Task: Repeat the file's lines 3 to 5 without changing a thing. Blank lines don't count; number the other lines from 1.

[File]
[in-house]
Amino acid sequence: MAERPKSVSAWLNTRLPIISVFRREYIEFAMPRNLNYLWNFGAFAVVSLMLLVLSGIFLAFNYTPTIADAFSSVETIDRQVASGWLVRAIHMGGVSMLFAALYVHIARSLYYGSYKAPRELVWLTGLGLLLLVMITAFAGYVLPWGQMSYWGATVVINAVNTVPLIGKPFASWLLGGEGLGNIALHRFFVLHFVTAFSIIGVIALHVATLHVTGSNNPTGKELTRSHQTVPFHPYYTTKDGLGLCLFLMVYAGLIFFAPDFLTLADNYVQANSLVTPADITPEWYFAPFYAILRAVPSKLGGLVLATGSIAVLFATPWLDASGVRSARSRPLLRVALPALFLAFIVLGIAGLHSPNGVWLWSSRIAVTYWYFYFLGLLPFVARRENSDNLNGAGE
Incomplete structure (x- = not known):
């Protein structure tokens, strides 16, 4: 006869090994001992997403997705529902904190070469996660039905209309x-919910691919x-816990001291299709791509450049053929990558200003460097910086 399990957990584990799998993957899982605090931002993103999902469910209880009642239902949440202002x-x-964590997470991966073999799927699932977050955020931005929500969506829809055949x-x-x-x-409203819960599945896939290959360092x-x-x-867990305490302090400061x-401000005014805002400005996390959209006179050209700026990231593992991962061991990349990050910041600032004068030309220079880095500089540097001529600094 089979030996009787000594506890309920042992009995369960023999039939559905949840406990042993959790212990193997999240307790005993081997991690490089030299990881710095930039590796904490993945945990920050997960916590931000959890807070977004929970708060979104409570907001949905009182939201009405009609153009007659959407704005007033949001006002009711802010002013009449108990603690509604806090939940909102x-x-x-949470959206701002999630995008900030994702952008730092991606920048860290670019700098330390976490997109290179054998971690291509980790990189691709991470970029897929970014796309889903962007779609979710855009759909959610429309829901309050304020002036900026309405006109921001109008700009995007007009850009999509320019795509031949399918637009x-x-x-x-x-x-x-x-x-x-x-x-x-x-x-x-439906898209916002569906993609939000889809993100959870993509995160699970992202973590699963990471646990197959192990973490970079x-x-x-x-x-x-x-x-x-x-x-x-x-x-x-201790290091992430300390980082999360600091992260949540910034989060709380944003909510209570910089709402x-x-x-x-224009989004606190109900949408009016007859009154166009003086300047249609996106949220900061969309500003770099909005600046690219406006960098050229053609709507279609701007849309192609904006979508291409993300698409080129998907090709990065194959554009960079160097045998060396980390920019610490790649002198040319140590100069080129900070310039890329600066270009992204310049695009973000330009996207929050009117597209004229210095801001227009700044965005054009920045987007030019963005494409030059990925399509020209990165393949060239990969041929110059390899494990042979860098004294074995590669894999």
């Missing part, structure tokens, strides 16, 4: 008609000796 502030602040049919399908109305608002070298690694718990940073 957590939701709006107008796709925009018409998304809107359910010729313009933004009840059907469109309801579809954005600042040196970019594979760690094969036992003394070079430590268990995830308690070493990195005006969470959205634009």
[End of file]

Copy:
Incomplete structure (x- = not known):
């Protein structure tokens, strides 16, 4: 006869090994001992997403997705529902904190070469996660039905209309x-919910691919x-816990001291299709791509450049053929990558200003460097910086 399990957990584990799998993957899982605090931002993103999902469910209880009642239902949440202002x-x-964590997470991966073999799927699932977050955020931005929500969506829809055949x-x-x-x-409203819960599945896939290959360092x-x-x-867990305490302090400061x-401000005014805002400005996390959209006179050209700026990231593992991962061991990349990050910041600032004068030309220079880095500089540097001529600094 089979030996009787000594506890309920042992009995369960023999039939559905949840406990042993959790212990193997999240307790005993081997991690490089030299990881710095930039590796904490993945945990920050997960916590931000959890807070977004929970708060979104409570907001949905009182939201009405009609153009007659959407704005007033949001006002009711802010002013009449108990603690509604806090939940909102x-x-x-949470959206701002999630995008900030994702952008730092991606920048860290670019700098330390976490997109290179054998971690291509980790990189691709991470970029897929970014796309889903962007779609979710855009759909959610429309829901309050304020002036900026309405006109921001109008700009995007007009850009999509320019795509031949399918637009x-x-x-x-x-x-x-x-x-x-x-x-x-x-x-x-439906898209916002569906993609939000889809993100959870993509995160699970992202973590699963990471646990197959192990973490970079x-x-x-x-x-x-x-x-x-x-x-x-x-x-x-201790290091992430300390980082999360600091992260949540910034989060709380944003909510209570910089709402x-x-x-x-224009989004606190109900949408009016007859009154166009003086300047249609996106949220900061969309500003770099909005600046690219406006960098050229053609709507279609701007849309192609904006979508291409993300698409080129998907090709990065194959554009960079160097045998060396980390920019610490790649002198040319140590100069080129900070310039890329600066270009992204310049695009973000330009996207929050009117597209004229210095801001227009700044965005054009920045987007030019963005494409030059990925399509020209990165393949060239990969041929110059390899494990042979860098004294074995590669894999």
């Missing part, structure tokens, strides 16, 4: 008609000796 502030602040049919399908109305608002070298690694718990940073 957590939701709006107008796709925009018409998304809107359910010729313009933004009840059907469109309801579809954005600042040196970019594979760690094969036992003394070079430590268990995830308690070493990195005006969470959205634009």